This will sound a bit dated since it's about the Clinton election, but Lewis Black does an excellent job explaining why some parts of the American education system should not be celebrated. It also offers alternatives education ideas that I shoot for in my book. The anger, the sarcasm, telling people they're morons with open disdain: these are the things I want in my act/writing always. Also, "grand fuck slam" is my favorite phrase on any album.
Nancy Sinatra: "You Only Live Twice"
Also applies to the Choose Your Own Adventure Chapter. I kept calling my friend while writing this book to tell him how crazy I was starting to feel, wanting to go out and do stand-up all night, wanting to write six more books, wanting to sit and play video games until I die. Every time I was having these panic attacks, I'd sigh and say "well, there's always my next life." What a terrible way to think! I had all the 007 themes on my iPod and I'd listen to them and think a very dude thought: "If I fail at everything else, I can always drop everything and get a job killing people for the CIA or MI6." That can happen, right?
Bill Hicks: "Marketing and Advertising"
You know what's missing from comedy nowadays? Someone staking his soul on his taste in art. Bill Hicks would say he was going to hunt and kill musicians he didn't like, not because they were just bad, but because they were evil and making us compromise our standards. What kind of crazy person would do that? I wanted to do something similar about my taste in literature and TV having some kind of moral significance. Everything else is nonsense. This track also has a description of art being desecrated by "yahoos!" and features a better/meaner summary of a movie than I've ever been able to do on my blog.
The Black Keys: "Tighten Up"
While writing this book, I read Paul Murray's Skippy Dies and had this song in my head nonstop. I have no way to tie it to my book, but every time I start to think of Skippy and Howard the Coward, I hear this song in my head. Just lets you know where my head was when I was writing, I guess.
Patton Oswalt: "I Tell A Story About Birth Control And Deal With A Retarded Heckler"
This is one of those tracks where it's worth listening to the whole album for the entire build up (especially since it starts with a callback about cell phones), however, what's important is how clear Patton's worldview is. He tries to paint a vulnerable moment, and when he gets heckled, his real comedy chops show. But then he takes it to this level where you know Patton lives year round: a dystopic imaginative world informed by post-apocalyptic writing, something close to the world of Cormac McCarthy's The Road. He's not a bullshitter. He's a real sci-fi geek whose instincts as a comic is to rip the heckler then jump to aliens, the future, eternity, and what this guy's whole life must be like.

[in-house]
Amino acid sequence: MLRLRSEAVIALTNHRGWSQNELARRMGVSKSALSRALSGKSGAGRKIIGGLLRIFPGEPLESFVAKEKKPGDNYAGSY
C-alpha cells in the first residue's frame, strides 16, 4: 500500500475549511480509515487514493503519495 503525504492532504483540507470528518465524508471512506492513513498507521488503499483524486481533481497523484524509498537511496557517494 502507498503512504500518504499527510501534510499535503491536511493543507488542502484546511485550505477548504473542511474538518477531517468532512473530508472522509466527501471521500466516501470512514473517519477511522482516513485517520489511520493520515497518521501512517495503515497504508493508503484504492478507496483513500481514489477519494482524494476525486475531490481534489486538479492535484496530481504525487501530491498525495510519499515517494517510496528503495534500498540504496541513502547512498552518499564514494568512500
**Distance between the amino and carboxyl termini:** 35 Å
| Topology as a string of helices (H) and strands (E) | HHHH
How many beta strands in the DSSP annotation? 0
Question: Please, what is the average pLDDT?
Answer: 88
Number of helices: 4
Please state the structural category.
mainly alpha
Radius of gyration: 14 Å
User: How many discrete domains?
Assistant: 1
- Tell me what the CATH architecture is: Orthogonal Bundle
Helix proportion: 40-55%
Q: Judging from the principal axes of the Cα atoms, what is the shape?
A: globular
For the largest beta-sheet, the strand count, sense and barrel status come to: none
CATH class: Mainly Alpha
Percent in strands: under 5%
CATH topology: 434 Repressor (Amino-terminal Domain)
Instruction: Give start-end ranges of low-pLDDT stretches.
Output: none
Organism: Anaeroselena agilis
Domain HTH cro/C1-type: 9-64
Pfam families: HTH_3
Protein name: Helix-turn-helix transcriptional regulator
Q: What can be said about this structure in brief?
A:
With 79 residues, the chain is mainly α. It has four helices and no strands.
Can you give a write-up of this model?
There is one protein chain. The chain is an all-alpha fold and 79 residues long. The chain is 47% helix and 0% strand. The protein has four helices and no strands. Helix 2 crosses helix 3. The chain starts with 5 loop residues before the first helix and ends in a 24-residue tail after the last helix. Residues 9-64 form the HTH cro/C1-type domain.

Destroyer's "European Oils"
A lot of this book is about helping people struggle with reading and literary culture, and my most manic time I personally had to deal with "readers" was at Bard College. There's also a long section on surviving college. This was a track that calmed me down while I was in school which is strange because attempting to pick apart the meaning of Destroyer lyrics will definitely lead to an anxiety disorder. They're opaque and sometimes might just be nonsense, but don't tell Dan Bejar I said so.
Fleetwood Mac: "Never Going Back Again"
Another calming track about trying not to return to old habits?? Is that what this song's about? I'm not going back to college or any of my ex-girlfriends or to my life as a serious reader! How's that?
Europe: "The Final Countdown"
The book is nearly over and so is this mix.
The Firesign Theatre: "The Further Adventures of Nick Danger"
You might think it's dumb to put a 30 minute noir parody sketch at the end of a mix. You're right! My book ends with a noir about how books killed my father, filled with puns about writing and fake Chandlerisms. I've had this sketch memorized since I was a kid. I knew it before I saw the great films the sketch is making fun of: Double Indemnity, The Maltese Falcon, and the like. I love those movies, but it's hard to always take them seriously when you heard the joke version first. It'd be like getting really into Michael Jackson's "Bad" after hearing Weird Al's "Fat." That, in a nutshell, is why I'm a comic now.
Dan Wilbur and How Not to Read: Harnessing the Power of a Literature-Free Life links:
also at Largehearted Boy: